Romania's ex-dictator Nicolae Ceausescu and his wife Elena have been reburied - nearly five months after their bodies were exhumed to confirm their identity.
They were buried together at Bucharest's Ghencea cemetery on Wednesday evening, Romanian media said.
DNA tests were carried out after the couple's relatives cast doubt that they were buried at the cemetery.
Ceausescu ruled communist Romania for 24 years before being ousted in 1989 and executed alongside his wife .
He and his wife were tried and executed by a military court on Christmas Day after fleeing mass protests in Bucharest.
The execution took place at an army base near the town of Targoviste and the bodies were buried hastily, leaving some to doubt whether the graves in Bucharest really contained their remains.
In November, Dan Dermengiu, head of Romania's legal medicine institute told the Mediafax news agency that the DNA tests had confirmed that the body exhumed in July was that of Nicolae Ceausescu.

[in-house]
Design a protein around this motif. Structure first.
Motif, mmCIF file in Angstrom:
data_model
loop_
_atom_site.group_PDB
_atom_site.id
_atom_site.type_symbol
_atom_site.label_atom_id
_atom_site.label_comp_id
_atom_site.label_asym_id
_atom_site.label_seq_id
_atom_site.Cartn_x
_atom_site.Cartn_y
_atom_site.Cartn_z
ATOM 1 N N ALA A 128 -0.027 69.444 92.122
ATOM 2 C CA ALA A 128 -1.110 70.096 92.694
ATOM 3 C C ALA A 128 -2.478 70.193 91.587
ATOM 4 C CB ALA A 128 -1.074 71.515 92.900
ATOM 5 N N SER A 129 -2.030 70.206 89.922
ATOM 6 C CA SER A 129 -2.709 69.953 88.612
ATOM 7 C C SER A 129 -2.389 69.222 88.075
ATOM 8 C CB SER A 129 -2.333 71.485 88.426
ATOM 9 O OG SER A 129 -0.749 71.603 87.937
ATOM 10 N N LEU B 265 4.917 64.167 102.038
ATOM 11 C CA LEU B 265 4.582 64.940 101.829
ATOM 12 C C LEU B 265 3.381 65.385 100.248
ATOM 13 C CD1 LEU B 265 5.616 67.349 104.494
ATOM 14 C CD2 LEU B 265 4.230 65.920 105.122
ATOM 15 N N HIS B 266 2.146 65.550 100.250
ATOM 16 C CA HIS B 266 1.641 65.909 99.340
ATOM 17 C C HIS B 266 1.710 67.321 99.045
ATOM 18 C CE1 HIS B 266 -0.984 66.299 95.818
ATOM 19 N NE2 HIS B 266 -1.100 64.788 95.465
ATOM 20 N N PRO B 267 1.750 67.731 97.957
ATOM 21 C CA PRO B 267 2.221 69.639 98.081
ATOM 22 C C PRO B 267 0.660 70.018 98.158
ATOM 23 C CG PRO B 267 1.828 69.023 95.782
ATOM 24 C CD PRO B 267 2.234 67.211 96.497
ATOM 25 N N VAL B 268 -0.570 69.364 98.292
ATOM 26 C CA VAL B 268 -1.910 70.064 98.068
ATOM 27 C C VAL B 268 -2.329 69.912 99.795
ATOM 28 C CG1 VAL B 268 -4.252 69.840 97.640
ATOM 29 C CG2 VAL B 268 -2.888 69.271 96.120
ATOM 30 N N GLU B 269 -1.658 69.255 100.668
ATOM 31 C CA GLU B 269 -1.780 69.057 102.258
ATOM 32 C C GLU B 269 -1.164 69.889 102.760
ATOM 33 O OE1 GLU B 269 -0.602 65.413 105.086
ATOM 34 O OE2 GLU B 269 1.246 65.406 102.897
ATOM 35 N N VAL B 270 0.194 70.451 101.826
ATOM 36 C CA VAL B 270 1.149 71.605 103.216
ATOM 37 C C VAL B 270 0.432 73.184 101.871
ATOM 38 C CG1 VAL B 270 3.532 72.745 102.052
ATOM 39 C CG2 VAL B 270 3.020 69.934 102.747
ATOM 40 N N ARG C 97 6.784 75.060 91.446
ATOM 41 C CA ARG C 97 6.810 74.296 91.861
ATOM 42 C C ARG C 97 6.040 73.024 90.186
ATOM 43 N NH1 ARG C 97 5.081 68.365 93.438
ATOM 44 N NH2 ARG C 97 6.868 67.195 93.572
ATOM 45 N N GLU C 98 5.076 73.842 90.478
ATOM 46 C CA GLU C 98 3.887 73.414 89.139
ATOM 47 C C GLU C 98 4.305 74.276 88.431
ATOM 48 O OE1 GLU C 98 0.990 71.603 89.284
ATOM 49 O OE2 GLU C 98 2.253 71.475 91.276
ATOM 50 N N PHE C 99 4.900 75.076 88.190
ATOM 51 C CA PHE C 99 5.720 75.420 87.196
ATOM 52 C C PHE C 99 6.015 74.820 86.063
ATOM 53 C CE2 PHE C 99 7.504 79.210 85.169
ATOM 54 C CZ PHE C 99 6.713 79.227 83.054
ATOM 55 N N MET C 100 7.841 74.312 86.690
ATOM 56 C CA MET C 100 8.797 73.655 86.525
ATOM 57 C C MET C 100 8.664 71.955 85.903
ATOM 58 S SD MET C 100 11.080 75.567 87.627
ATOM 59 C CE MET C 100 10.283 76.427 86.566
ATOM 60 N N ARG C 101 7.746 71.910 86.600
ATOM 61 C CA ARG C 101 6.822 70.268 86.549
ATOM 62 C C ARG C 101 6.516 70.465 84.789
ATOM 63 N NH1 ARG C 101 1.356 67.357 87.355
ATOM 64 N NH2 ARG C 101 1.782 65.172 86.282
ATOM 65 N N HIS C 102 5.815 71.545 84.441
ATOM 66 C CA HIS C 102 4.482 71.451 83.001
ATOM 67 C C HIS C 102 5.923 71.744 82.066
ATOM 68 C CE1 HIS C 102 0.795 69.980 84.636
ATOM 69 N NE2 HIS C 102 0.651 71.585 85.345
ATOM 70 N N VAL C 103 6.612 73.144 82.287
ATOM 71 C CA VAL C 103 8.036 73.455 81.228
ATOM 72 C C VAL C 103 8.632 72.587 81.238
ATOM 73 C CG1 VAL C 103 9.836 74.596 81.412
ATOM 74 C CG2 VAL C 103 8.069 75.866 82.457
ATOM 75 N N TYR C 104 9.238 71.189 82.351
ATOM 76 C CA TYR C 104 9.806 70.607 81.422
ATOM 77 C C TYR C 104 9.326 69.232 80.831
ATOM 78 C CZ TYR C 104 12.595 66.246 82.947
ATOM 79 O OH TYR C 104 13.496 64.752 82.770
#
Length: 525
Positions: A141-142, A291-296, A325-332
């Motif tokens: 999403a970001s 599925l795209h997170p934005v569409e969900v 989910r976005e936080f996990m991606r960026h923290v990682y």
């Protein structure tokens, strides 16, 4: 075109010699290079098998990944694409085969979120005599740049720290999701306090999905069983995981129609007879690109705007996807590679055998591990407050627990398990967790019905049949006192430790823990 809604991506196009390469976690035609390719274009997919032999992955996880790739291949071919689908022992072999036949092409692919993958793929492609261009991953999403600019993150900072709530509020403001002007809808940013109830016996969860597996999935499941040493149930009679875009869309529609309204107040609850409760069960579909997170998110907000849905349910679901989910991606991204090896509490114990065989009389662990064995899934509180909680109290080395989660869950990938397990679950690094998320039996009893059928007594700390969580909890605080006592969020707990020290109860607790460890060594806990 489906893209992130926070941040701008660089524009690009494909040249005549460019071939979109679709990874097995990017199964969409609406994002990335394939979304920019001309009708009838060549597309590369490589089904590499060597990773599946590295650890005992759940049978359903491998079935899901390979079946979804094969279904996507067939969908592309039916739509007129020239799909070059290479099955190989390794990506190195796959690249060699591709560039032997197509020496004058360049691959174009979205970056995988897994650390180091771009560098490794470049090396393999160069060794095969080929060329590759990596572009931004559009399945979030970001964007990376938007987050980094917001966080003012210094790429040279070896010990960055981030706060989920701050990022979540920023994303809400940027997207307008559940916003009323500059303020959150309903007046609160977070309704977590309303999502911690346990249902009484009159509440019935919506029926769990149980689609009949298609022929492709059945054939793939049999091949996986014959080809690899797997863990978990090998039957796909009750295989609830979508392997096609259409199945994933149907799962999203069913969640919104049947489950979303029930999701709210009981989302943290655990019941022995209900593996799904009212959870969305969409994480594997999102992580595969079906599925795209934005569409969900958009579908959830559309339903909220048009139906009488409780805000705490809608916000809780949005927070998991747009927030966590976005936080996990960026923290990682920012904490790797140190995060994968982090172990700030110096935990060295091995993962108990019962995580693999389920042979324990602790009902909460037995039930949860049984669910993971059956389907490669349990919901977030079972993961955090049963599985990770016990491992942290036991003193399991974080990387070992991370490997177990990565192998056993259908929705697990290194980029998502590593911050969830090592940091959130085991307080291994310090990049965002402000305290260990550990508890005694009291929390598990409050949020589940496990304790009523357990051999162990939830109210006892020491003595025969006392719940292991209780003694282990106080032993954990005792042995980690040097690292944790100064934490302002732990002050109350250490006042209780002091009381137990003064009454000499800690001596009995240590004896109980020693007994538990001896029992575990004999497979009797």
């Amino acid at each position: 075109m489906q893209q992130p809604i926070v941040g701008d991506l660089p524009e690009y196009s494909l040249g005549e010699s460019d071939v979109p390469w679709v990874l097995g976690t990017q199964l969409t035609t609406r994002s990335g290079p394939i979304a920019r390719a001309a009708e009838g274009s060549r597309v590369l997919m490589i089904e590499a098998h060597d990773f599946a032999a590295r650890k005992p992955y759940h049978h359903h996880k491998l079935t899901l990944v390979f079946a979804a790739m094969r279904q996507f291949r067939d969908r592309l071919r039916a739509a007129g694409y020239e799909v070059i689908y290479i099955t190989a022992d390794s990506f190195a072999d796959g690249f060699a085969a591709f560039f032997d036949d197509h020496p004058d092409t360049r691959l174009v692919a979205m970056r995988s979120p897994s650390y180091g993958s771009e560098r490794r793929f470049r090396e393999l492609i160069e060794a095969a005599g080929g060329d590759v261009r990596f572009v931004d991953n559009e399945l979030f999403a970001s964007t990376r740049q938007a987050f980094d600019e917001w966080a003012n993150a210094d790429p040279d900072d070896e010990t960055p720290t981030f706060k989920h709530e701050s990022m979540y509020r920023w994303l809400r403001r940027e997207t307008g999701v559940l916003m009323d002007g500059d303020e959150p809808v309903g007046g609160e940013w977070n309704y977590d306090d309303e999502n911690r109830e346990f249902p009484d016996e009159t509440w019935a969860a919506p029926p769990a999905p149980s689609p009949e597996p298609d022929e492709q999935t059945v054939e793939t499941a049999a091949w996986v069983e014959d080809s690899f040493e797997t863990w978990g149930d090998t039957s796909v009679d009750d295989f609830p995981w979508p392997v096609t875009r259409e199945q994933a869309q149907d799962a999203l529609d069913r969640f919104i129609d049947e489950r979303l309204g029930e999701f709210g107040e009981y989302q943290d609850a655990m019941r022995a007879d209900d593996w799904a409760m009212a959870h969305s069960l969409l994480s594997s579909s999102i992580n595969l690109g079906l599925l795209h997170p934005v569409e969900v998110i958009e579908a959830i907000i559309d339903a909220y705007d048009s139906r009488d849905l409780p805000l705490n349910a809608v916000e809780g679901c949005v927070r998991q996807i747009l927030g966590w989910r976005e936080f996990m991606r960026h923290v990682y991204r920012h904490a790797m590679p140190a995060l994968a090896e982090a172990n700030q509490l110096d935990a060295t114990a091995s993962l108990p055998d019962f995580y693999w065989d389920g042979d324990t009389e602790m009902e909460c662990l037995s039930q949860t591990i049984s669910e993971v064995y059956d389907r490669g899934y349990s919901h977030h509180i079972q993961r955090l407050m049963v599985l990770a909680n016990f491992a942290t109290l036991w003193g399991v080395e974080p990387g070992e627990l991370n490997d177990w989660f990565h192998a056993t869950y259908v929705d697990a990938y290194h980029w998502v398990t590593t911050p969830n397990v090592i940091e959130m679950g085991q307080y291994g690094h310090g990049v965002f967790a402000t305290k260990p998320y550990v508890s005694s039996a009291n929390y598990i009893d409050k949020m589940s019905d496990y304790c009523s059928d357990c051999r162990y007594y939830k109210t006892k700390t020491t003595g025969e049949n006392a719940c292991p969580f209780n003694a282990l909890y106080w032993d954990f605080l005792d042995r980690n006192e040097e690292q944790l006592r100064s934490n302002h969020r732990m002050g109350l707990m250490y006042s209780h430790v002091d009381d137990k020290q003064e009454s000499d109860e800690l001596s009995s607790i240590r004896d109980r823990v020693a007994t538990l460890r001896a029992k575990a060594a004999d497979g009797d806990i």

He said that in the case of Elena Ceausescu there was not enough material available for a conclusive test.
However, Ceausescu's son Valentin, a 62-year-old nuclear physicist, said at the time he was satisfied that his parents were buried in the graves where the authorities have always claimed they were.
On Thursday, he told the Associated Press that his parents had been reburied in adjacent graves at the cemetery earlier this week.
Vladimir said the burial was secret to avoid "a media circus", adding that his parents were now "in their final resting place".
Ceausescu and his wife were originally buried about 20m (65ft) apart.